Here’s what other personal injury and workers’ compensation lawyers have been talking about over the past few weeks: Jury Instruction Social Networking (Day on Torts) North Carolina: Jail Time for Uninsured Employers (Workers’ Compensation Blog) Cell Phone Use Cited in 24% of Motor Vehicle Crashes (Personal Injury and Social Security Disability blog) NFL Concussion Website (Torts Prof Blog) Members of UNC Create App to Aid in the Diagnosis of Concussions (Brain Injury Lawyer blog) The Ankin Law Office LLC (www.ankinlaw.com) handles workers’ compensation and personal injury cases. You can reach the firm by calling (312) 346-8780.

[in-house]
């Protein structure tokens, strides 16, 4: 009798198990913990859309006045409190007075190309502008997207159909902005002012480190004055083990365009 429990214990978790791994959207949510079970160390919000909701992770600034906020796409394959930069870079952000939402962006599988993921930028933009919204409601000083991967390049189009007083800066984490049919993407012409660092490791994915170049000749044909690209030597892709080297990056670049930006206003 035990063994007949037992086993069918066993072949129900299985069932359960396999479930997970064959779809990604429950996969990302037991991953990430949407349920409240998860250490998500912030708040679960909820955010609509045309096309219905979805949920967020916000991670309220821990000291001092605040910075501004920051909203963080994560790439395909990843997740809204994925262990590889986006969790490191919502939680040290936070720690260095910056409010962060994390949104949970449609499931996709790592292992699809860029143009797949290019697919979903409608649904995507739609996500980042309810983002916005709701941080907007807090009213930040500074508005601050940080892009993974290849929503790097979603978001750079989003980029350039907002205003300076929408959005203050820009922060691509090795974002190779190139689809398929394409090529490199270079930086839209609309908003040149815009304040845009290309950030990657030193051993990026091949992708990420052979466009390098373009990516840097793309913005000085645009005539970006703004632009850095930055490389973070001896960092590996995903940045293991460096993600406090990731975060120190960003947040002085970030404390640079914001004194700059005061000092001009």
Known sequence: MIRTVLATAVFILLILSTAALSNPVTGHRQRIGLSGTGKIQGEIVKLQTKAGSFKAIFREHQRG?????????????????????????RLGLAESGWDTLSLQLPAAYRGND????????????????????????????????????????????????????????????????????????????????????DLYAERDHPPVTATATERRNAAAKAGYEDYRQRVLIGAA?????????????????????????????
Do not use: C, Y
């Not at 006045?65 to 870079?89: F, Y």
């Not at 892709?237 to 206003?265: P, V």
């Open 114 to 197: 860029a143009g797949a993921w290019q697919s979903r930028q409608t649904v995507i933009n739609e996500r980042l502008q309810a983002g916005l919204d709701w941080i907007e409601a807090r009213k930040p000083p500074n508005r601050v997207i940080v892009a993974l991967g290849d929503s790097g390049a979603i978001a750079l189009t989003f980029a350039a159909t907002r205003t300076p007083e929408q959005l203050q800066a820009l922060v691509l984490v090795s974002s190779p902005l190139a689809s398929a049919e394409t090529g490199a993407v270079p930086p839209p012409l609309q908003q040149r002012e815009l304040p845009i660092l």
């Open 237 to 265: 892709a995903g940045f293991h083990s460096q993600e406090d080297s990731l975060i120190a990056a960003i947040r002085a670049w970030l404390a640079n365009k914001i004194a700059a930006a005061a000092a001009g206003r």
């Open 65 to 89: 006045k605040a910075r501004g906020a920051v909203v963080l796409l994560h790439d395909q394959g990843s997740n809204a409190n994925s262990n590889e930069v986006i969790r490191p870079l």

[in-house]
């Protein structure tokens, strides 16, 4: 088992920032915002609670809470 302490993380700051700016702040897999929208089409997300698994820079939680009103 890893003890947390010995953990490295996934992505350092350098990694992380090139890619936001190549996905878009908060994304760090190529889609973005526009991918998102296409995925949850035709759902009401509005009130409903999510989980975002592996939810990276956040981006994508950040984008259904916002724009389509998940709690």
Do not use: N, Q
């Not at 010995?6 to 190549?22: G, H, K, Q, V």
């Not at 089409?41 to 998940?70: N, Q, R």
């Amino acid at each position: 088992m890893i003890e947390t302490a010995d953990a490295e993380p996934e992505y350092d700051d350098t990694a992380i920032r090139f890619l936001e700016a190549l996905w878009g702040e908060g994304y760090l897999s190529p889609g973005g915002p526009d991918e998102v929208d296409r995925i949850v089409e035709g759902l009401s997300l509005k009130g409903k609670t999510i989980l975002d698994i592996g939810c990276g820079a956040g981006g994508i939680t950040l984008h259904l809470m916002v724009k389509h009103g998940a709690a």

When someone slips and falls in a public place in Illinois such as a mall, in order to prevail in a personal injury lawsuit, the person who fell must establish that the owner of the property was somehow responsible for the fall. Sometimes this can be a difficult proposition, as the plaintiff in Ishoo v. General Growth Properties, Inc., 2012 WL 933383, recently learned. On the day of her fall, the plaintiff in Ishoo was working as a sales representative at the make up counter at Neiman Marcus. She took a break to purchase a cup of coffee from Starbucks, and as she was walking there, she slipped and fell on a wet substance on the floor. As a result of the fall, she injured her right shoulder. She later filed this personal injury lawsuit alleging that the owners of the mall were responsible for her injuries because they either knew or should have known that a wet substance had accumulated on the floor and posed a hazard to shoppers and others walking through the mall. The Appellate Court of Illinois, First District, explained what was required in order for the plaintiff to prove negligence on behalf of the defendants: To establish negligence on the part of the defendants, the plaintiff need only bring forth facts that her fall was caused by a liquid substance on the floor attributable to the defendants. Liabilityon the part of the defendants may arise if (1) one or more defendants is directly responsible for the liquid substance on the floor or (2) the defendants had actual or constructive notice of the liquid substance on the floor…(T)his appeals turns on whether there is any evidence that directly proves, or gives rise to a reasonable inference, that the presence of the liquid substance on the floor is tied to one or more of the defendants… Unfortunately for the injured plaintiff, after reviewing the facts and applying the relevant legal standards to the fact of the case, the court concluded that the plaintiff had failed to show that the defendants had actual or constructive notice of the wet substance on the floor: (U)nder the facts of this case, actual notice can only be established by a showing that the housekeeping staff “squeegeed” cleaning solution from the escalator on to the floor. As we have already concluded, no facts exist that the activities of housekeeping staff were responsible for the liquid[READ MORE…]